This article is only available in the PDF format. Download the PDF to view the article, as well as its associated figures and tables.
DIAGNOSIS. Presented by DR. S. MACCUENSMITH.
There should be no difficulty in establishing a diagnosis in a simple, uncomplicated involvement of the lateral sinus, but this characteristic clinical picture broadly means septicemia and must be differentiated from sepsis originating in some other part of the body, before surgical intervention is undertaken. Certain types of meningitis, central pneumonia, endocarditis, typhoid fever, malaria and pyelitis in children are to be eliminated as a causative factor when complicating an active or inactive suppurative aural disease, but once diagnosis is reasonably assured, the surgeon should lose no time in verifying his suspicions by surgical measures.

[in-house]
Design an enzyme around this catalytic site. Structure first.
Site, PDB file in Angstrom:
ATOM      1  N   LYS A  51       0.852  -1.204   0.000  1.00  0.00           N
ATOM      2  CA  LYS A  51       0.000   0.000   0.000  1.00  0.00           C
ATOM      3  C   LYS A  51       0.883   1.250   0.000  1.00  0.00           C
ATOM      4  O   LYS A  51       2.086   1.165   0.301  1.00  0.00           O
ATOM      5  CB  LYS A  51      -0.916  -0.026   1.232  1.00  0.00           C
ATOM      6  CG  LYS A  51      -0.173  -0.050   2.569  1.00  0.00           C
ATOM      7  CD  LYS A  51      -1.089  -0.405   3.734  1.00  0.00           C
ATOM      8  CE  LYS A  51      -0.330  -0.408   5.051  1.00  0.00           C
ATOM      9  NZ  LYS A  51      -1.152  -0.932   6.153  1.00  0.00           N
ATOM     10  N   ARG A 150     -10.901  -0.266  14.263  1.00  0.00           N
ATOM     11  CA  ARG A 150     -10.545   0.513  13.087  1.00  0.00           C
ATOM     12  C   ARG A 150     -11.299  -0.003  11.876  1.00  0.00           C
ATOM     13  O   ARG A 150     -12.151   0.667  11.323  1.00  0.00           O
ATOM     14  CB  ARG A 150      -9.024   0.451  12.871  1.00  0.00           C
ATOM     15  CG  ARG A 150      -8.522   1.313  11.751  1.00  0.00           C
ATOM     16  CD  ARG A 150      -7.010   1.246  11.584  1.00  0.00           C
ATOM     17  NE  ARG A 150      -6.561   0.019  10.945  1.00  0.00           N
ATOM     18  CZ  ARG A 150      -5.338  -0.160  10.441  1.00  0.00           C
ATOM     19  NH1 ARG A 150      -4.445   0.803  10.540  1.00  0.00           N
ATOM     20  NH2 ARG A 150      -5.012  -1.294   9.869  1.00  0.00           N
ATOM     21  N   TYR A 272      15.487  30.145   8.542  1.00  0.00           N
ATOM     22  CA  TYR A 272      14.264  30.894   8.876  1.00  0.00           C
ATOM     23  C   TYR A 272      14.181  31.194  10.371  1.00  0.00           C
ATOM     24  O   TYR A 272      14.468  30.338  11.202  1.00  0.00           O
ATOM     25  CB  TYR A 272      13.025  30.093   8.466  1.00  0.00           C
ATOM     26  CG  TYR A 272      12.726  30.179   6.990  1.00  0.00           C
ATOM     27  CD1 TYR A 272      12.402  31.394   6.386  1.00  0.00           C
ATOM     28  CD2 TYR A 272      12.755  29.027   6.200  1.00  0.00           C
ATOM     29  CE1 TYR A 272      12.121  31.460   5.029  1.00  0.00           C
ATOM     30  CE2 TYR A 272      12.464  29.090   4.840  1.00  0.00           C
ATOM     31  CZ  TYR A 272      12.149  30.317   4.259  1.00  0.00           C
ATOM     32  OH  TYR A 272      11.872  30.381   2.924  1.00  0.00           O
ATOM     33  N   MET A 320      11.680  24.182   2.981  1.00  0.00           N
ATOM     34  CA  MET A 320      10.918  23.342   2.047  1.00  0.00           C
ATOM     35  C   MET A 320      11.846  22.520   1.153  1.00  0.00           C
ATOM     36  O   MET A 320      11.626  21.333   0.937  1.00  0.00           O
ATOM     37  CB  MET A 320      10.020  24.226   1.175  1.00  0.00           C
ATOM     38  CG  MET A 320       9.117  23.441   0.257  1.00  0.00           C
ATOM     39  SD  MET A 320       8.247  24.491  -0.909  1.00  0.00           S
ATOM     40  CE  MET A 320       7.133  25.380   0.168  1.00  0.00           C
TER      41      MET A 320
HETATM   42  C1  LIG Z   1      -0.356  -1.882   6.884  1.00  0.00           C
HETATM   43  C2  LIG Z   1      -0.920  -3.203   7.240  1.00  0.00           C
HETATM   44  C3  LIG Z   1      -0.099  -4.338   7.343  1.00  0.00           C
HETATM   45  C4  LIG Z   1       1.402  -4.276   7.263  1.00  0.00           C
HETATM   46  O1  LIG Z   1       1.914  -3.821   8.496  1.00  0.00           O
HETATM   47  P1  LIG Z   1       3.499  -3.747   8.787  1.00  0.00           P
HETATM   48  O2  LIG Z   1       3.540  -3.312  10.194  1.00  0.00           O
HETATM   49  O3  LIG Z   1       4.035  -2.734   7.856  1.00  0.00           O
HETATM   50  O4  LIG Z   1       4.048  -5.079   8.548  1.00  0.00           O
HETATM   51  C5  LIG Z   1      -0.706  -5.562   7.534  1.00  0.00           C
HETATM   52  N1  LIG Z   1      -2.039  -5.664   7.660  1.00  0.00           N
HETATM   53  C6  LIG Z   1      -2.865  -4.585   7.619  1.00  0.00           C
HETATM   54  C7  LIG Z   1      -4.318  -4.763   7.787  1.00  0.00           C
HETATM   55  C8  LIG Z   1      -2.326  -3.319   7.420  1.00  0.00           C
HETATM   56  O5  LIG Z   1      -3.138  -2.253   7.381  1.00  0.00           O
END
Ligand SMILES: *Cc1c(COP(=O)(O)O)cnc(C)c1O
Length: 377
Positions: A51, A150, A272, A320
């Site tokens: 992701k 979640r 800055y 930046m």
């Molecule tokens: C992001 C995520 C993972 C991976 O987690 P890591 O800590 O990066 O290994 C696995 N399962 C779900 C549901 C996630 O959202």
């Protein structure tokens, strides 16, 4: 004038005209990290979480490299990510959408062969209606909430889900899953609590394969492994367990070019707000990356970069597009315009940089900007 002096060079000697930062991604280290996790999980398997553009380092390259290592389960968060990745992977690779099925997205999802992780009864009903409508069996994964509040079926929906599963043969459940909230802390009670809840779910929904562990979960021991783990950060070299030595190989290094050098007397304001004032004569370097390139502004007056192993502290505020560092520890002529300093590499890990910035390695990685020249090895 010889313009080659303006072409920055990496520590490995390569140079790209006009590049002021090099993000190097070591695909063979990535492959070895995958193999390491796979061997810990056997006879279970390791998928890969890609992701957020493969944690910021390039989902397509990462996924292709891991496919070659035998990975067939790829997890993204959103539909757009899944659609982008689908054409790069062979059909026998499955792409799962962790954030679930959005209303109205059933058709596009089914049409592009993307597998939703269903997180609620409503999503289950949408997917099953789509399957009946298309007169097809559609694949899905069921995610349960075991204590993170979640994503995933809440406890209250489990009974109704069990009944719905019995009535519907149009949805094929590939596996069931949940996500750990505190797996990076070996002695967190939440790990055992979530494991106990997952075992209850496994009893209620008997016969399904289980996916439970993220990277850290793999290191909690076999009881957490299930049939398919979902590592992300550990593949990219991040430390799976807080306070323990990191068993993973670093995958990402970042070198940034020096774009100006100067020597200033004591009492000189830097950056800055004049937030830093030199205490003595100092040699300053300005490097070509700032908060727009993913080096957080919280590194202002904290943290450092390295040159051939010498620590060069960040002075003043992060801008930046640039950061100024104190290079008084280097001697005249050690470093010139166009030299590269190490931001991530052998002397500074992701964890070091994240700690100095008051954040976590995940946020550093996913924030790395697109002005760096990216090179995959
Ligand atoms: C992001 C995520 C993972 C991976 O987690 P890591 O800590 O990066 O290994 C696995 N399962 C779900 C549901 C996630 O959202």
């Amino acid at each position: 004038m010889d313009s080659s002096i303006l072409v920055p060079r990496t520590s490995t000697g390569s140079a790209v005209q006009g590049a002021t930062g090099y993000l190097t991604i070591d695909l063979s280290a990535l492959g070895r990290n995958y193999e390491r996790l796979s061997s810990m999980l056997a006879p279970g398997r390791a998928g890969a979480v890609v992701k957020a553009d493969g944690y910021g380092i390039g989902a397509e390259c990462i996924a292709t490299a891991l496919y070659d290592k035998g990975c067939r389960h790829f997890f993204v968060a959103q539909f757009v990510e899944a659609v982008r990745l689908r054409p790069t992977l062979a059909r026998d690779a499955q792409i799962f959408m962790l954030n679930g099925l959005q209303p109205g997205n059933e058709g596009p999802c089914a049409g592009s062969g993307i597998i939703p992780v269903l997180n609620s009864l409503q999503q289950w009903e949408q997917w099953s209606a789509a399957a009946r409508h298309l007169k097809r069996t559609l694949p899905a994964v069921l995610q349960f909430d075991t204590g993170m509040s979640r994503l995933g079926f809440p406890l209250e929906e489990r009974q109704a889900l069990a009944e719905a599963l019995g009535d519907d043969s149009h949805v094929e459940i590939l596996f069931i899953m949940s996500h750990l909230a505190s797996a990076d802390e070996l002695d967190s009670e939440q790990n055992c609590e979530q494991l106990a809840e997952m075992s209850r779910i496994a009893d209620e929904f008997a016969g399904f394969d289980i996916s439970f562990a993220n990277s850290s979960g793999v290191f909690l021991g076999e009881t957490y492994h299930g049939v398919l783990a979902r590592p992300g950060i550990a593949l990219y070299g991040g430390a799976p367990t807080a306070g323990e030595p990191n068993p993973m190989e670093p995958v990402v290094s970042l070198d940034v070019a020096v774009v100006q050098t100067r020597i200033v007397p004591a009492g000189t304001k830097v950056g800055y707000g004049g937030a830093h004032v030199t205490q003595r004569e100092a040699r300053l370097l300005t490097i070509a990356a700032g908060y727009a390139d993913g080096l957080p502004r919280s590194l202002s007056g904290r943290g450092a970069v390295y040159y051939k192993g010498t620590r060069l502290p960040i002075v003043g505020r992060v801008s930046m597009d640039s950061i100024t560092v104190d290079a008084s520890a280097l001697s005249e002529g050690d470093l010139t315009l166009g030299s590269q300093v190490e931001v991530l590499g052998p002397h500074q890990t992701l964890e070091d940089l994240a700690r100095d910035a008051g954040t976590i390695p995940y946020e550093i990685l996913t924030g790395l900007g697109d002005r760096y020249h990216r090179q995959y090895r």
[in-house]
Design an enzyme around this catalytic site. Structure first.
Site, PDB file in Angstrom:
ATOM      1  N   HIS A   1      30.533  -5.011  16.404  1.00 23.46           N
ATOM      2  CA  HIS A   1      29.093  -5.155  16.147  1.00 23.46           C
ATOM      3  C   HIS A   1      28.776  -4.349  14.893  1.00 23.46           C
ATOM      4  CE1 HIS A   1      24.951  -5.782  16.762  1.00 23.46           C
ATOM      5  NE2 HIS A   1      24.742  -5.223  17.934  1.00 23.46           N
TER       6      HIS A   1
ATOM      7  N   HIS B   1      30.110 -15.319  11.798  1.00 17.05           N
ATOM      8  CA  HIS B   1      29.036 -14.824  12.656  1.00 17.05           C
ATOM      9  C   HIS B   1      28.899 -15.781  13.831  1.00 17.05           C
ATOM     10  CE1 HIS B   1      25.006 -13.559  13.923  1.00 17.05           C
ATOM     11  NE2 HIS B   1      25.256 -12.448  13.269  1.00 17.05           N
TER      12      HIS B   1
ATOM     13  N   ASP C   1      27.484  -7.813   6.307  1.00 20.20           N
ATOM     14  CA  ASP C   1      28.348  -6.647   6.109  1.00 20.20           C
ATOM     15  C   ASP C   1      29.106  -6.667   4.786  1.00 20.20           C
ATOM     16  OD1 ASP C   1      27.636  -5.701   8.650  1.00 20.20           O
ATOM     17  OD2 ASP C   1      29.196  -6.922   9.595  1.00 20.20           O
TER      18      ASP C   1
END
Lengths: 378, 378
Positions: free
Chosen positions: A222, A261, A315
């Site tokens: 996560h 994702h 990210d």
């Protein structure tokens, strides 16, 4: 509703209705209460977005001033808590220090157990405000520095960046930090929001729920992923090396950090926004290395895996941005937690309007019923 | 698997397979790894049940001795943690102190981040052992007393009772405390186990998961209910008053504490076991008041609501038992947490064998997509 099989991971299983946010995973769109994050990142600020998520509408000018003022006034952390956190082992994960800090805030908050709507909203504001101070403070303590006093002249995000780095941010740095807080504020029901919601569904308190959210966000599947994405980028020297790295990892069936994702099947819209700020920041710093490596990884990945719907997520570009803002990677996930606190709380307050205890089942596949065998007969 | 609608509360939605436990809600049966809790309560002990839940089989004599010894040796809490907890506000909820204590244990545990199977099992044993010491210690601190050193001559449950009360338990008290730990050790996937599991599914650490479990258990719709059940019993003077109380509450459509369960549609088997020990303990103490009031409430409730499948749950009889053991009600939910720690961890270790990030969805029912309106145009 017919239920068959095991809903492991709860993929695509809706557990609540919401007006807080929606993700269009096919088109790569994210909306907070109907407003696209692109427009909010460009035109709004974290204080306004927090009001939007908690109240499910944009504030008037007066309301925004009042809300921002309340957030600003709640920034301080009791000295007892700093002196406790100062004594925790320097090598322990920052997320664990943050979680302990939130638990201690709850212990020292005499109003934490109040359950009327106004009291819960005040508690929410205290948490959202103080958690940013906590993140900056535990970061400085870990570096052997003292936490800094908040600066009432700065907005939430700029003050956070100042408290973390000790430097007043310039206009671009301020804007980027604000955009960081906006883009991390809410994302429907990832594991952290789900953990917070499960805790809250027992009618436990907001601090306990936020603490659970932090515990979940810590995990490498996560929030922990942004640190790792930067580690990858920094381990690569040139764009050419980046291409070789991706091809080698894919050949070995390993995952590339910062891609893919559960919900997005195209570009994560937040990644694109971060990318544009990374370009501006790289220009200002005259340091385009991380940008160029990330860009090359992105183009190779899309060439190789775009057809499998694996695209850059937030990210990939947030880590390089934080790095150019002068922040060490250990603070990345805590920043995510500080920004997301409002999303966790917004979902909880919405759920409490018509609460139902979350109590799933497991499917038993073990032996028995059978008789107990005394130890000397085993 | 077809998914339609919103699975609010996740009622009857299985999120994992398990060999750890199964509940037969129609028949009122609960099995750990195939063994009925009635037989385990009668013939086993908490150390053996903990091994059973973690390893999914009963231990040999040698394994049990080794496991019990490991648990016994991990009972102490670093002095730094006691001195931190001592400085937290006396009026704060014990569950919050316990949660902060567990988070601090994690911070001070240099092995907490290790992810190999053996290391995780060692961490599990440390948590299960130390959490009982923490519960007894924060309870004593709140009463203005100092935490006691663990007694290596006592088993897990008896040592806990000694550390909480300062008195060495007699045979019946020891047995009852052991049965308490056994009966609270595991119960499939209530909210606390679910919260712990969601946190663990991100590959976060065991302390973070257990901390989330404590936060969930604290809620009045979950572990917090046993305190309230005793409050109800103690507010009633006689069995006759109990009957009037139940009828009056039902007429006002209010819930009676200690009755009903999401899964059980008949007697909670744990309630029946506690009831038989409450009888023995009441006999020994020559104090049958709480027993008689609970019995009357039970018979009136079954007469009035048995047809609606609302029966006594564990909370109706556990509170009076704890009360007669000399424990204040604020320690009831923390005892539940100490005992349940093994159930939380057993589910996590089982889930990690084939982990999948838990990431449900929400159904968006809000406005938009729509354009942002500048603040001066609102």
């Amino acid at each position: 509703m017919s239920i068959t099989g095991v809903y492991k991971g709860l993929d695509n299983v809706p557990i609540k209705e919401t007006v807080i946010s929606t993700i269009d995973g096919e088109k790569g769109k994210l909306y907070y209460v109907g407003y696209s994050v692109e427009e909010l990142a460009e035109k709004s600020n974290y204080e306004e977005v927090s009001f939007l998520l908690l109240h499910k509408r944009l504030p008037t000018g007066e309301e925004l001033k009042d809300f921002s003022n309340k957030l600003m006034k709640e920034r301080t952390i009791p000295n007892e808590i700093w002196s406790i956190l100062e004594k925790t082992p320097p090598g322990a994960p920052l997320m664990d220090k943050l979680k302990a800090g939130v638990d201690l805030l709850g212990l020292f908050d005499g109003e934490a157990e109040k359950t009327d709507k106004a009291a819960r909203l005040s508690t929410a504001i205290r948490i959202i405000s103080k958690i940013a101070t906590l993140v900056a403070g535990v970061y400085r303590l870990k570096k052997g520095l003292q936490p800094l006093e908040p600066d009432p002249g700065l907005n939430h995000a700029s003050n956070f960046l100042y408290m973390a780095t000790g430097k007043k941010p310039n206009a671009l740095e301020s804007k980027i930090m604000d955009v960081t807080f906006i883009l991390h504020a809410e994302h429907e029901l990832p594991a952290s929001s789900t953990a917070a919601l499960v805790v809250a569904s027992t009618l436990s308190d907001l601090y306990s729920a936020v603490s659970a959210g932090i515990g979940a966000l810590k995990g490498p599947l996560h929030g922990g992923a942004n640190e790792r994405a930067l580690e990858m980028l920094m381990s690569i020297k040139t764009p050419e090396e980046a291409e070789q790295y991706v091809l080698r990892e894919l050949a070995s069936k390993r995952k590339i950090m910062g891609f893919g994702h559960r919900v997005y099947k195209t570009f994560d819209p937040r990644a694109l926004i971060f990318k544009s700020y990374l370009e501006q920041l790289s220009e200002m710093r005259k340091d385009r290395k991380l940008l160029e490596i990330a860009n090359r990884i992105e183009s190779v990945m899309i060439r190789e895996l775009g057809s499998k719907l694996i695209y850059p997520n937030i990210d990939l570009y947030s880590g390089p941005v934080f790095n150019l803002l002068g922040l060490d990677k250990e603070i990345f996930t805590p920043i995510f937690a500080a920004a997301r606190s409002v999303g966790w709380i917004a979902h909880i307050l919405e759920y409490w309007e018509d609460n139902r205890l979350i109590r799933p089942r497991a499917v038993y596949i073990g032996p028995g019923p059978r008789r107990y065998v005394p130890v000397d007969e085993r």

A perisinuous abscess is frequently found when wholly unexpected during a mastoid operation and should not be disturbed unless definite symptoms of septicemia occur, for in many instances the mild pyemic symptoms entirely disappear following the mastoid operation. The importance of the small veins in